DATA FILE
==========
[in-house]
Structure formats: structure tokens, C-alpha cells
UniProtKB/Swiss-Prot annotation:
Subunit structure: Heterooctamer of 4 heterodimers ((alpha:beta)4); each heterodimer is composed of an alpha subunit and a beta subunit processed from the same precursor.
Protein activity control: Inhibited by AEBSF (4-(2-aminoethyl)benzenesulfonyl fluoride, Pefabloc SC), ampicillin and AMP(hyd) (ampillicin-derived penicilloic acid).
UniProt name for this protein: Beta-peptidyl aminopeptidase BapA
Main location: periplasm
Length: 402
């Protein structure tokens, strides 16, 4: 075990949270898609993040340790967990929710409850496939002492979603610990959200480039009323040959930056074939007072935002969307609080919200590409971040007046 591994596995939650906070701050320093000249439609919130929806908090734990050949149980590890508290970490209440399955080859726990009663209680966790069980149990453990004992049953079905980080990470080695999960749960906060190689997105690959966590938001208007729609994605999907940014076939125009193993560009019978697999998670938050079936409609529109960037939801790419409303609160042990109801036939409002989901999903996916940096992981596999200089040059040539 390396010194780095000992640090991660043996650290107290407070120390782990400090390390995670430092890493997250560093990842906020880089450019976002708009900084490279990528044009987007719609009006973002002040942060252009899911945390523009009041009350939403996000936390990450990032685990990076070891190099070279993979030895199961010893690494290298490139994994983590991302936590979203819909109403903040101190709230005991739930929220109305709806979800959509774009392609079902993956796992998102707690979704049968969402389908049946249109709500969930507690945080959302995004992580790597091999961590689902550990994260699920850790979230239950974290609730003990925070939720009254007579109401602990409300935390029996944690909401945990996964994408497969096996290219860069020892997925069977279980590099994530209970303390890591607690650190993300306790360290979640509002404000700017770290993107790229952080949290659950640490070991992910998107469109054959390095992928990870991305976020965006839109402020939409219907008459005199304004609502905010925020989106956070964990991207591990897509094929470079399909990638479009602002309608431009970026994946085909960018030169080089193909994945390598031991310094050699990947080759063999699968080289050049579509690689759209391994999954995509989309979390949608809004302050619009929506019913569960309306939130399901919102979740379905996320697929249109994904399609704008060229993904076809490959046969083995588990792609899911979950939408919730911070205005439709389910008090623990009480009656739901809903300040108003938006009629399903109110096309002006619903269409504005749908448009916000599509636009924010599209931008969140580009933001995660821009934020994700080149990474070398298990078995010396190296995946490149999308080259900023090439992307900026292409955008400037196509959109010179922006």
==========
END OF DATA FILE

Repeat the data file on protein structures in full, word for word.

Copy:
[in-house]
Structure formats: structure tokens, C-alpha cells
UniProtKB/Swiss-Prot annotation:
Subunit structure: Heterooctamer of 4 heterodimers ((alpha:beta)4); each heterodimer is composed of an alpha subunit and a beta subunit processed from the same precursor.
Protein activity control: Inhibited by AEBSF (4-(2-aminoethyl)benzenesulfonyl fluoride, Pefabloc SC), ampicillin and AMP(hyd) (ampillicin-derived penicilloic acid).
UniProt name for this protein: Beta-peptidyl aminopeptidase BapA
Main location: periplasm
Length: 402
């Protein structure tokens, strides 16, 4: 075990949270898609993040340790967990929710409850496939002492979603610990959200480039009323040959930056074939007072935002969307609080919200590409971040007046 591994596995939650906070701050320093000249439609919130929806908090734990050949149980590890508290970490209440399955080859726990009663209680966790069980149990453990004992049953079905980080990470080695999960749960906060190689997105690959966590938001208007729609994605999907940014076939125009193993560009019978697999998670938050079936409609529109960037939801790419409303609160042990109801036939409002989901999903996916940096992981596999200089040059040539 390396010194780095000992640090991660043996650290107290407070120390782990400090390390995670430092890493997250560093990842906020880089450019976002708009900084490279990528044009987007719609009006973002002040942060252009899911945390523009009041009350939403996000936390990450990032685990990076070891190099070279993979030895199961010893690494290298490139994994983590991302936590979203819909109403903040101190709230005991739930929220109305709806979800959509774009392609079902993956796992998102707690979704049968969402389908049946249109709500969930507690945080959302995004992580790597091999961590689902550990994260699920850790979230239950974290609730003990925070939720009254007579109401602990409300935390029996944690909401945990996964994408497969096996290219860069020892997925069977279980590099994530209970303390890591607690650190993300306790360290979640509002404000700017770290993107790229952080949290659950640490070991992910998107469109054959390095992928990870991305976020965006839109402020939409219907008459005199304004609502905010925020989106956070964990991207591990897509094929470079399909990638479009602002309608431009970026994946085909960018030169080089193909994945390598031991310094050699990947080759063999699968080289050049579509690689759209391994999954995509989309979390949608809004302050619009929506019913569960309306939130399901919102979740379905996320697929249109994904399609704008060229993904076809490959046969083995588990792609899911979950939408919730911070205005439709389910008090623990009480009656739901809903300040108003938006009629399903109110096309002006619903269409504005749908448009916000599509636009924010599209931008969140580009933001995660821009934020994700080149990474070398298990078995010396190296995946490149999308080259900023090439992307900026292409955008400037196509959109010179922006």